The team’s home arena — Scotiabank Saddledome — is reportedly filled with floodwater from the Bow River all the way up to the 10th row of seats. The jumbotron room and its equipment were destroyed, and the locker rooms sustained heavy damage as well. Calgary Sun columnist Eric Francis wrote on Friday night that “plenty of history will likely be ruined too, including a massive championship team photo from 1989 signed by most team members that hangs outside the Flames dressing room.”
The uniquely shaped Saddledome opened in 1983 as part of the city’s bid to host the 1988 Winter Olympic Games and to welcome the Flames, who moved from Atlanta in 1980. The arena, which has a seating capacity of 19,289 people, is one of the oldest arenas in the NHL, and the Flames’ organization reportedly is close to announcing plans for a new arena when the Saddledome’s lease expires in 2014. The arena is owned by the city and operated by the team. Francis tweeted that the flooding “will now play a role in the discussion.”
So far, three fatalities have been confirmed and 75,000 residents have been forced from their homes as Calgary’s entire downtown area was evacuated.
Canadian Prime Minister Stephen Harper, a Calgary resident, on Friday called the amount of flooding “stunning.”
There are many questions going forward. How much will it cost and how long will it take to get the Saddledome back in game shape? Will the Flames have to relocate? If so, where will they go? Flames president Ken King tweeted on the team’s Twitter account they will be ready for the start of the season, but there could be any number of unforeseen challenges that could cause delays.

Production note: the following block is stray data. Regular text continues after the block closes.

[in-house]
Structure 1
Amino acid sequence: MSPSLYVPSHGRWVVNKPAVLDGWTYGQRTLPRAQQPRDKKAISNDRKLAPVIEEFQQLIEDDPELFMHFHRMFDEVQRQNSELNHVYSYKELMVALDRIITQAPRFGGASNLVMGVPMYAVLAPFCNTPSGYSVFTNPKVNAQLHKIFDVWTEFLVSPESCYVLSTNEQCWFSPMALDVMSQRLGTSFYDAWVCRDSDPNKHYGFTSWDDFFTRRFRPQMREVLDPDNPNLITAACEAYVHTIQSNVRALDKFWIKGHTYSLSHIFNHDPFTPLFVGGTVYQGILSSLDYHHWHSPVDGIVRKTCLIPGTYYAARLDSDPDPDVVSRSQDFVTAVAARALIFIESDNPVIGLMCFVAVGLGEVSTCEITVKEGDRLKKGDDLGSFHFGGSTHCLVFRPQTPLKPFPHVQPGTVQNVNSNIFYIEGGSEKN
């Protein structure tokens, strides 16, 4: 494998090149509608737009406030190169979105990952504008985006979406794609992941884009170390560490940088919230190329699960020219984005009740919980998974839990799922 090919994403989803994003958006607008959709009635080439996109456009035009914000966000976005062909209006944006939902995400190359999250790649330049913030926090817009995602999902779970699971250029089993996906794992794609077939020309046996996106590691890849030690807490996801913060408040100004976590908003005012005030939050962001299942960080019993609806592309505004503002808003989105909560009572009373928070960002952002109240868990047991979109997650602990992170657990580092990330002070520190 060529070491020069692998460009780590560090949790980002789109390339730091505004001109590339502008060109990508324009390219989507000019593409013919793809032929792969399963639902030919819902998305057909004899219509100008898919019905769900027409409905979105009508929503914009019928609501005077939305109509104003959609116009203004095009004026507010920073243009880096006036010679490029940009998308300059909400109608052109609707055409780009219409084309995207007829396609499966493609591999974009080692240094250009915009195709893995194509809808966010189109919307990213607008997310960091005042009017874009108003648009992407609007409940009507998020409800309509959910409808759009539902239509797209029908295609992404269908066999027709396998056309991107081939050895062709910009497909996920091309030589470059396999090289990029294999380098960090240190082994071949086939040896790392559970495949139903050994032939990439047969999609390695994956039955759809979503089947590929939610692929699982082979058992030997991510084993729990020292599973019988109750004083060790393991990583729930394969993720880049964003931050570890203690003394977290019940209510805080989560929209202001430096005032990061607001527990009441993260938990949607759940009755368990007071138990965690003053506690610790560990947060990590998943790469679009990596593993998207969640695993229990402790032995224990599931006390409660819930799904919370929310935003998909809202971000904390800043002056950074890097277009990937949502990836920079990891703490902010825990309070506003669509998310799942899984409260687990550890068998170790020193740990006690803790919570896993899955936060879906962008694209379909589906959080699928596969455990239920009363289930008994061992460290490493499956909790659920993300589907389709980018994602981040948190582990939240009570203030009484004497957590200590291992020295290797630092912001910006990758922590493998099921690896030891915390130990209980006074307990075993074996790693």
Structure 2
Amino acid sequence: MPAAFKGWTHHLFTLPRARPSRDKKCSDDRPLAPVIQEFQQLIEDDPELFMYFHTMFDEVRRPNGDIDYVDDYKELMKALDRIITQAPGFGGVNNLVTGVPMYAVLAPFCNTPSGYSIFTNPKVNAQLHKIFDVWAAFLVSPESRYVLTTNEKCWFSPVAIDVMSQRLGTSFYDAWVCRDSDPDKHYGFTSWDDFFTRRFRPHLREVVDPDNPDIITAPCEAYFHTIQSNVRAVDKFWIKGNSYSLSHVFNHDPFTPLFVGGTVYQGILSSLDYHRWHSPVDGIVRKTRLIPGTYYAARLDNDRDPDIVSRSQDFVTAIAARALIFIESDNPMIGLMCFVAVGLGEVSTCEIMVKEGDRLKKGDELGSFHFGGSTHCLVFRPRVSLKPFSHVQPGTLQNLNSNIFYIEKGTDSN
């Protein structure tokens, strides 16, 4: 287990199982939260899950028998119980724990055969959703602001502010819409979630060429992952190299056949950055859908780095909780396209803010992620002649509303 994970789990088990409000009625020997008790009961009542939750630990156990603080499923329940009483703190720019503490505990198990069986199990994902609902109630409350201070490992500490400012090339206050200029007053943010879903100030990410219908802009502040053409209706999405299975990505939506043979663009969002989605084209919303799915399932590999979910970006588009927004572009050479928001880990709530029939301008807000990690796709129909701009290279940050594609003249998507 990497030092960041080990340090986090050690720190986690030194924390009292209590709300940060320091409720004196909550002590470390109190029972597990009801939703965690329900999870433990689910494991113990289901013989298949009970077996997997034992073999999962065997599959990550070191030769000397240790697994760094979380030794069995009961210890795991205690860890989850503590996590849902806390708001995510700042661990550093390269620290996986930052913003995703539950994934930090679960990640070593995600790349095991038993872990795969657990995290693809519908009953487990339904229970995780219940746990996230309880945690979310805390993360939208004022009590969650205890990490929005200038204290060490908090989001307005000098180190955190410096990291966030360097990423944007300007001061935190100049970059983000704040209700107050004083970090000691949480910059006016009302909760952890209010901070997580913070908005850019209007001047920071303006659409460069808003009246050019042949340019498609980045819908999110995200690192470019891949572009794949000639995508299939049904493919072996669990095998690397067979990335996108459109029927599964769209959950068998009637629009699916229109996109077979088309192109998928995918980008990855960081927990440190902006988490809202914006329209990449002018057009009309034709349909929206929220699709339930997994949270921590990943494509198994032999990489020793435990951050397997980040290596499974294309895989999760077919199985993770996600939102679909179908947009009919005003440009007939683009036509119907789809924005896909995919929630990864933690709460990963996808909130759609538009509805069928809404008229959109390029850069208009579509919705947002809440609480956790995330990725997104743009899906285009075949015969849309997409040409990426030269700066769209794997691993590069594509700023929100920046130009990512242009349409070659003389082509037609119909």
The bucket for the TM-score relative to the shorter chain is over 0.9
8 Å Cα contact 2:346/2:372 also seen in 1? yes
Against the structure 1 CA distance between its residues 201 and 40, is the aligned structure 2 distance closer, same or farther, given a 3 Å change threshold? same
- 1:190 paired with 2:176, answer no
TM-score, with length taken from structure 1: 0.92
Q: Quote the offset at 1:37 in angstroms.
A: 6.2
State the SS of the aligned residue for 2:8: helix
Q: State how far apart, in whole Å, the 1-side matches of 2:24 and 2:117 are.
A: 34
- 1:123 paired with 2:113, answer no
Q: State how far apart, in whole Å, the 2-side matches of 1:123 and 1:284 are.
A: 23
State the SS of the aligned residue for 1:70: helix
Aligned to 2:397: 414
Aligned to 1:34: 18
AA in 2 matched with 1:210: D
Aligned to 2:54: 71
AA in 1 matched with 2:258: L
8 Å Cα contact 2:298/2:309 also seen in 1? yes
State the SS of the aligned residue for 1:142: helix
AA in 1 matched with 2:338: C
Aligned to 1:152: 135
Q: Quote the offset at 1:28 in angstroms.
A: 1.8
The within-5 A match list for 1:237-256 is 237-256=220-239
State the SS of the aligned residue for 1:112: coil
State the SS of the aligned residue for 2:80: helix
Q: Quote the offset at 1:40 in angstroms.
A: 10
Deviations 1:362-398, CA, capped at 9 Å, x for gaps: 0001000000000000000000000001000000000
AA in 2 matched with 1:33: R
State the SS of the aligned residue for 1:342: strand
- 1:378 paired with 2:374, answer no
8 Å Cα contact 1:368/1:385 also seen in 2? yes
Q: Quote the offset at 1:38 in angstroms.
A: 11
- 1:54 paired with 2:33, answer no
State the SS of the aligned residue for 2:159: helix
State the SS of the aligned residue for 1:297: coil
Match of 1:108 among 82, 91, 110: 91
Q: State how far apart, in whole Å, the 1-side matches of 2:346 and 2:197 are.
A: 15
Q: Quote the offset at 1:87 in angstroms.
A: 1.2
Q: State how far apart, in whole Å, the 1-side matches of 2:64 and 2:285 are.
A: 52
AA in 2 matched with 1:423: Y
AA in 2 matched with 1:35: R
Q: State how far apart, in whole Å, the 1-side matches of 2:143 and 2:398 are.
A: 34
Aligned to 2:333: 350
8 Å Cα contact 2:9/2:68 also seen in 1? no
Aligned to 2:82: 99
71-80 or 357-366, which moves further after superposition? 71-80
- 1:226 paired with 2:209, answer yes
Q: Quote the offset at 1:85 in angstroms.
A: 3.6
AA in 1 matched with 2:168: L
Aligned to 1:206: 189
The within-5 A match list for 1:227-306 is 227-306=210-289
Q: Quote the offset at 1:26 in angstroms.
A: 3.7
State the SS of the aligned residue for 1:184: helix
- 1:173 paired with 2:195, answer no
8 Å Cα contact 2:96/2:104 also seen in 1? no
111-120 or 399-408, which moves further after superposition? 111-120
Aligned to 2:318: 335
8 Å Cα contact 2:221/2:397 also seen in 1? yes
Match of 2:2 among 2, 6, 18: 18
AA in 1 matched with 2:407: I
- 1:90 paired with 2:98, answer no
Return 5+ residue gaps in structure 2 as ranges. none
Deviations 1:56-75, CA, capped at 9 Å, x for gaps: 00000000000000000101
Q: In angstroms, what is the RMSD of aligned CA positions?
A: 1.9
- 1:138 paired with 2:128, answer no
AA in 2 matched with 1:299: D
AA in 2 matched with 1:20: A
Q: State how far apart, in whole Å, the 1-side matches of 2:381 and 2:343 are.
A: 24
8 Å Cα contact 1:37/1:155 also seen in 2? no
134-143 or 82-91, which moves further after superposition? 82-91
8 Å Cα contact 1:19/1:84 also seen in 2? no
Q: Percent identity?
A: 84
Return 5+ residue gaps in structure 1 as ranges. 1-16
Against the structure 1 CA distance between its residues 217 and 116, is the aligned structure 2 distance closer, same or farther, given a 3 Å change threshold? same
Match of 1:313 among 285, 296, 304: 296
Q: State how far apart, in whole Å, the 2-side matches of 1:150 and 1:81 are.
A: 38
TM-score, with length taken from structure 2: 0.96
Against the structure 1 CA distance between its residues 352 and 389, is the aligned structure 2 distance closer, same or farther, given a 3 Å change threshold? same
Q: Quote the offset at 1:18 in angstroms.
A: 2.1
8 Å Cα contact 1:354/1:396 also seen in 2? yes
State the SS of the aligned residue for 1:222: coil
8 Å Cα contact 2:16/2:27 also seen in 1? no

The bigger picture is how the NHL and other sports leagues adapt their arenas and stadiums to a changing climate where there will be more extreme weather — floods, droughts, wildfires, hurricanes, rising sea levels. Should the NHL consider installing flood barriers at all arenas located near rivers, lakes and seas?
The list of NHL arena near bodies of water is a long one: Toronto’s Air Canada Centre is located near Lake Ontario; Montreal’s Bell Centre isn’t far from Lachine Canal; Nashville’s Bridgestone Arena is a stone’s throw from the Cumberland River; Pittsburgh’s Consol Energy Center is at the three rivers — Monongahela, Allegheny and Ohio; Buffalo’s First Niagara Center is along Lake Erie; Anaheim’s Honda Center is on the banks of the Santa Ana River; San Jose’s HP Pavilion is near the Guadalupe River; Jobing.com Arena in Glendale is near the New River; Detroit’s Joe Louis Arena overlooks the Detroit River; Winnipeg’s MTS Centre isn’t far from the Red River; Columbus’ Nationwide Arena is a few blocks from the Scioto River; Denver’s Pepsi Center is located near the South Platte River; Newark’s Prudential Center is near the Pasaic River; Edmonton’s Rexall Place is near the North Saskatchewan River; Vancouver’s Rogers Arena is between English Bay and Vancouver Harbor; St. Louis’ Scottrade Center is near the Mississippi River; Tampa Bay Times Forum is near Hillsborough Bay; Boston’s TD Garden is not far from the Charles River; Philadelphia’s Wells Fargo Center is close to the Delaware River; and The Xcel Energy Center in St. Paul is along the Mississippi River.
With so many NHL arenas threatened by bodies of water that could potentially overflow as the Arctic ice melts, the league should sit down with arena owners and come up with a climate adaptation plan. The NHL is already “going green” by partnering with the Natural Resource Defense Council and other environmental groups for the NHL Green website, where they promote measures such as reducing the environmental impact of the Stanley Cup playoffs. Getting their arenas climate ready is the next logical step.